Thursday, January 15, 2009

Dial It Down Part Deux

While it's hard for kids to imagine life without a cell phone, a lot of us remember the days when (horrors!) we had to wait until we got home to call our bffs. I love the convenience of cell phones as much as anyone else, but when money is tight, it's worth scaling back and using the old land line more often. You'll still have the cell phone for emergencies.

Consider these cost trimming items.

1. Check your minutes. If you're not using them all, why not cut back to a less expensive plan with fewer monthly minutes?

2. Check for add-ons that you don't need like emergency roadside service, games, and ringtones. Do you absolutely need mobile email? How about web browsing? If you don't use them regularly, ditch them.

3. Are you paying a monthly fee to insure your phone? Unless you have a very expensive phone, insurance probably isn't worthwhile.

4. What are you paying to text messages? Is texting vital to you? Be honest when you answer the next question. Have you texted anything urgent in the last three months?

5. When your contract runs out, don't rush to renew your contract unless there's a problem with the old phone. Ask what will happen if you don't renew. Many companies will continue your service under the same terms. I can't speak for all companies -- but I still have my service. The difference is that I can now change plans at any time because I'm no longer under contract.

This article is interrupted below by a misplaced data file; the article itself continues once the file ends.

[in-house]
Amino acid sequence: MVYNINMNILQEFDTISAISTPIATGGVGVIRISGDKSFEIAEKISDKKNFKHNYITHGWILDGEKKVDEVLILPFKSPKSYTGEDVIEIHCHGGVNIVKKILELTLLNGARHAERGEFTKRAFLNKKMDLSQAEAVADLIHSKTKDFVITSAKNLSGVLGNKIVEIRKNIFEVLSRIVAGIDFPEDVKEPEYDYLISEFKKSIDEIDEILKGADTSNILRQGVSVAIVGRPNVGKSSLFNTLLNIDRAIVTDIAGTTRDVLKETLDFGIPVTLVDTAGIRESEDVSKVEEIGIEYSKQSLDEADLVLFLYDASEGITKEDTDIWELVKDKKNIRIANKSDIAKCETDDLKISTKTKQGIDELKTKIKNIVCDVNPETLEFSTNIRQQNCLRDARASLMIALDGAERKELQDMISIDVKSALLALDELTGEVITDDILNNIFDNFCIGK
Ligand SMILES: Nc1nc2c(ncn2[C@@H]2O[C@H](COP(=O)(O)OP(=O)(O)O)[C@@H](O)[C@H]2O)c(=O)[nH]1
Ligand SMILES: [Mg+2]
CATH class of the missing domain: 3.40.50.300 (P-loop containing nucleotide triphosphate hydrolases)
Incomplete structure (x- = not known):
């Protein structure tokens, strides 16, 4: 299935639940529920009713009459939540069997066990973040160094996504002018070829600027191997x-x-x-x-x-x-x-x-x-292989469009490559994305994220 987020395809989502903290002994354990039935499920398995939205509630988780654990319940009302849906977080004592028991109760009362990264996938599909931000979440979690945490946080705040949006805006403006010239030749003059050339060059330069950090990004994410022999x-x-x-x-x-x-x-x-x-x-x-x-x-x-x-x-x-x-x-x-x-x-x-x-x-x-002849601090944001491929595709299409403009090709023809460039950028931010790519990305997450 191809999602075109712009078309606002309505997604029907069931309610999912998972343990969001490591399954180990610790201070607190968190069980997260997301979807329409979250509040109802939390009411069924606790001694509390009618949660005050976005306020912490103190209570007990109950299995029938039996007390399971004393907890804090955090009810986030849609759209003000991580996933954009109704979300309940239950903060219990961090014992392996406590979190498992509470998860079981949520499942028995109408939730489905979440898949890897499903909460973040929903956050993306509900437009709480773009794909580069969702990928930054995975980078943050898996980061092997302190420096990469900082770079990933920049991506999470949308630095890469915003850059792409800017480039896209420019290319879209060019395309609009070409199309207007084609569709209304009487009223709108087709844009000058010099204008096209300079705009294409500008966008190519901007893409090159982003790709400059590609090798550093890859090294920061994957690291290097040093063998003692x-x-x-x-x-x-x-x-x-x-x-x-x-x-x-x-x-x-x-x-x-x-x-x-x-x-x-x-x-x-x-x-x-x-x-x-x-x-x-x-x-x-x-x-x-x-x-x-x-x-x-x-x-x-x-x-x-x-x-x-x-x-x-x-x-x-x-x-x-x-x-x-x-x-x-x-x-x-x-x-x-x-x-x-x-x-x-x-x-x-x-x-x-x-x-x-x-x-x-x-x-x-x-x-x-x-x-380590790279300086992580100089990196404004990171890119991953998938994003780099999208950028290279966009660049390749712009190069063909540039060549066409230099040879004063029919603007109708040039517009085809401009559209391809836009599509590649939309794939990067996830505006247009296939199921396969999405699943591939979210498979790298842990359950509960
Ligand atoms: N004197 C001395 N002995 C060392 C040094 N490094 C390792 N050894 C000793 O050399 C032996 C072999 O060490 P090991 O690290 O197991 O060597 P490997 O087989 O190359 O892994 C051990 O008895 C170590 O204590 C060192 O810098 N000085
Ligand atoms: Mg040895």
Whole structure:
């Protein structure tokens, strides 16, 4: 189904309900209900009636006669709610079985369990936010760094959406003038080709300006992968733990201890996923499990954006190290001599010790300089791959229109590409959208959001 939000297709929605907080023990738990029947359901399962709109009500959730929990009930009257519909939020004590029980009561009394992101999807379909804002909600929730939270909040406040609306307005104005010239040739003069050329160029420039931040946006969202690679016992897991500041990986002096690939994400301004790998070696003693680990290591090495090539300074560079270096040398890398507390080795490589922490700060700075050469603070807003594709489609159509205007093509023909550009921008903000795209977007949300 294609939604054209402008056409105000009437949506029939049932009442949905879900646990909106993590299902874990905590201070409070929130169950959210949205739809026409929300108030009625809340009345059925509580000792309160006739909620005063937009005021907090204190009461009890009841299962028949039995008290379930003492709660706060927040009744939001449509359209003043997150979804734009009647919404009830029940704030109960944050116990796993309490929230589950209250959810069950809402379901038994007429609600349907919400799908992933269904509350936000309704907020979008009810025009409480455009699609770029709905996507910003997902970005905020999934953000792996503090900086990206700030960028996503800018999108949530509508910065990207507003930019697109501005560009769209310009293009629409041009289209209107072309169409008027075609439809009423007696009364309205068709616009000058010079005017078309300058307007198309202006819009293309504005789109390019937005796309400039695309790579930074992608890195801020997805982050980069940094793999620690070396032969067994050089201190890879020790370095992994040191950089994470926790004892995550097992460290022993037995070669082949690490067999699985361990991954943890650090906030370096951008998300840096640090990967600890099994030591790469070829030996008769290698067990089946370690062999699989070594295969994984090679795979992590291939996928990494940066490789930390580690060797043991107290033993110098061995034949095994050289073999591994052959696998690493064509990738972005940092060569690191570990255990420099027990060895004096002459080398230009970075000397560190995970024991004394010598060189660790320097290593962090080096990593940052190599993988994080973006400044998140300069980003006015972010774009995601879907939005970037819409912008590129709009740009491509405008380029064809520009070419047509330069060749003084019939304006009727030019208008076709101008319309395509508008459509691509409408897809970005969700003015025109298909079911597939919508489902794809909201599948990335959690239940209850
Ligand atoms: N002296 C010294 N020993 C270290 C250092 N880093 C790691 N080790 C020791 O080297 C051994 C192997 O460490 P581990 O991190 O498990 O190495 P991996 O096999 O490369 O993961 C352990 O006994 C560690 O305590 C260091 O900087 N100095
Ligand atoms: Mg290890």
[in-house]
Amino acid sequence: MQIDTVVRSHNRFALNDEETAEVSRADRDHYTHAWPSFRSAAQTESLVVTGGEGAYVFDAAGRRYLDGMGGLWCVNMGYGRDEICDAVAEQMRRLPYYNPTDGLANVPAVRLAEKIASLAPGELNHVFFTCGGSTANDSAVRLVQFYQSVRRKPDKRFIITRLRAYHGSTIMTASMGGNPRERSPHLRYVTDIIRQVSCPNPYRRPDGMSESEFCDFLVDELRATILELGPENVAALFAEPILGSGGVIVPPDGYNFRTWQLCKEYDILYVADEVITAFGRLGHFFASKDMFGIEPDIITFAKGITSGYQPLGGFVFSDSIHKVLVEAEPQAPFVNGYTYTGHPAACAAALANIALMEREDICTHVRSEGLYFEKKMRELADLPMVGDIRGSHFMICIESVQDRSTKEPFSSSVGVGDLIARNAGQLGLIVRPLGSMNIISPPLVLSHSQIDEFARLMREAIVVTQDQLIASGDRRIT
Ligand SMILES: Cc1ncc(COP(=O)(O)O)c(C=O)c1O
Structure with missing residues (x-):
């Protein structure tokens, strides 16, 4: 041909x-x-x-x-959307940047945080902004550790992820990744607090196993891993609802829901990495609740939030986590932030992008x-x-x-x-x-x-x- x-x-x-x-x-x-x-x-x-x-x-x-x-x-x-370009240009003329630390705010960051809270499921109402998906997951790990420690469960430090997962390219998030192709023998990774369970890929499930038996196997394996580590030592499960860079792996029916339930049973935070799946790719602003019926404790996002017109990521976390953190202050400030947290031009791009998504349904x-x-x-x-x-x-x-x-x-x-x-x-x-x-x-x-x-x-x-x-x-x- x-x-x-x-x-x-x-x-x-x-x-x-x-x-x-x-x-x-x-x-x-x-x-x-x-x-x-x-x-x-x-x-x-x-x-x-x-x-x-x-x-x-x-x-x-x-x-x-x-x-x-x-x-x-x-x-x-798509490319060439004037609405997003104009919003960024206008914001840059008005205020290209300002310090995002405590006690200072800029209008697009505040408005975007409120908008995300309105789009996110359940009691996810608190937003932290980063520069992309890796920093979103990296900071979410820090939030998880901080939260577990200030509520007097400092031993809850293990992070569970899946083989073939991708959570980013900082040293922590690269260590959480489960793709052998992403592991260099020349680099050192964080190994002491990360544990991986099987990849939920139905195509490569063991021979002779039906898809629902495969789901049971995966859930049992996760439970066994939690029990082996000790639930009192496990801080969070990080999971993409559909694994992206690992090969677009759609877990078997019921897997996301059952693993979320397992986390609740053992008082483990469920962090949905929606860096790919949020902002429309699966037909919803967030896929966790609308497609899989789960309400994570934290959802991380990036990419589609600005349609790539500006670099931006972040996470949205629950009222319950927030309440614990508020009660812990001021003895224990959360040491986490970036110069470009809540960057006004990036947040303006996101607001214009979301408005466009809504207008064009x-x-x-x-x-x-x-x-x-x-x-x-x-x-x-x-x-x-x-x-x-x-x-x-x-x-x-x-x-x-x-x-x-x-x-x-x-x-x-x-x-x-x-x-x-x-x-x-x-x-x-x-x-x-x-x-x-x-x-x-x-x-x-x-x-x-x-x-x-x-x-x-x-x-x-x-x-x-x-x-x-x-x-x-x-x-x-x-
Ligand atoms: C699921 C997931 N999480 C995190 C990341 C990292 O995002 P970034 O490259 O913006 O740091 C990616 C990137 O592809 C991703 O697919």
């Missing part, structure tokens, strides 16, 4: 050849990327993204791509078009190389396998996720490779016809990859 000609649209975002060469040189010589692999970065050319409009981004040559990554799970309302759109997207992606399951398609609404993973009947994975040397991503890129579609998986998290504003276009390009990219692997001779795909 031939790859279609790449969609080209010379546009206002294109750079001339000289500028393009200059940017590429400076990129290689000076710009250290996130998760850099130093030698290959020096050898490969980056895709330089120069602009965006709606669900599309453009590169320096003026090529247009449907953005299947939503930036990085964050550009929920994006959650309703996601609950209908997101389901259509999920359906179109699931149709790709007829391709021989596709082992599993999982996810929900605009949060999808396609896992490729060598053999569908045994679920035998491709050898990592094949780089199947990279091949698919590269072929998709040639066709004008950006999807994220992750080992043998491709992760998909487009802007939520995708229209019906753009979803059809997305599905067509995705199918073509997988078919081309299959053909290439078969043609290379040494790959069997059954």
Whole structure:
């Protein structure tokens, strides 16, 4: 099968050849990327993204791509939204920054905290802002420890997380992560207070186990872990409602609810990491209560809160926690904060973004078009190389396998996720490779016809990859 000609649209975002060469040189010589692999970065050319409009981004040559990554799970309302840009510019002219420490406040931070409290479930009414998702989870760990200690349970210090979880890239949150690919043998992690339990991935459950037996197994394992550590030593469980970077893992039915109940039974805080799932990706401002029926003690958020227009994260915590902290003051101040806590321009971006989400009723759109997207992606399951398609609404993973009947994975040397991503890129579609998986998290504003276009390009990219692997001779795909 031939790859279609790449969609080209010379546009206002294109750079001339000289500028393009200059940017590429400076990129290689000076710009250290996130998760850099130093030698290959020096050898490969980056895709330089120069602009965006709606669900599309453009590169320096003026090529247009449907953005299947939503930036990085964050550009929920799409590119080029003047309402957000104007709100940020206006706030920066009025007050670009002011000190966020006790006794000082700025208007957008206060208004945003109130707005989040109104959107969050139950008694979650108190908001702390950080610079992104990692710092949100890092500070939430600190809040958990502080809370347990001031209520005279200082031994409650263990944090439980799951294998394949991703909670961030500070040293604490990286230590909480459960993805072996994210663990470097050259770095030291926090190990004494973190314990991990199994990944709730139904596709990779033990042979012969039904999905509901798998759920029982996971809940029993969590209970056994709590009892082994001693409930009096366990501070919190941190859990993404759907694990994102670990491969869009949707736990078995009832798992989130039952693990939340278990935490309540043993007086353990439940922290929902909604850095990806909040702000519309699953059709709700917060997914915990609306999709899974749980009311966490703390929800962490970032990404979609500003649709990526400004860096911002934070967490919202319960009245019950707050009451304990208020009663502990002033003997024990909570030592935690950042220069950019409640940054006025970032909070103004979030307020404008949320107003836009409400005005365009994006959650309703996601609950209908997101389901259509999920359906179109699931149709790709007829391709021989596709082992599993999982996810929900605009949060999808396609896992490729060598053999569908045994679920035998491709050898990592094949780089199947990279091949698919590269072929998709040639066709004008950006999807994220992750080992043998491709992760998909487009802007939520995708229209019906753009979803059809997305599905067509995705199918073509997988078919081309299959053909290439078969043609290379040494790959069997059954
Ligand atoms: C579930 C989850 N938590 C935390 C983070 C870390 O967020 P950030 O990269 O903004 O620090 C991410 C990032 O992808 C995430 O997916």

6. If it's the kids who are running up the bill, consider pre-paid cell phones. With a limited number of minutes, they'll be forced to economize and won't surprise you with a horrendous unexpected expense. It's a great way to teach them about budgeting. If your little darlings are into texting, consider how much of your budget you want to spend on HRU (how are you) and R U There (are you there).

Two last tips.

1. Look up numbers. 411 can be expensive.

2. Are you calling from your car when you'll be there in five minutes? Retrain yourself. You don't have to call someone you'll see in a few minutes. And go back to using the land line whenever possible.


Lorna Barrett said...

I have one of those pre-paid phones. I rarely use it. In fact, I seem to use it mostly at the grocery store. ("What kind of sausage did you want, Mum? Ground, links, or patties?") More often than not, when I need to use it, the battery needs charging.

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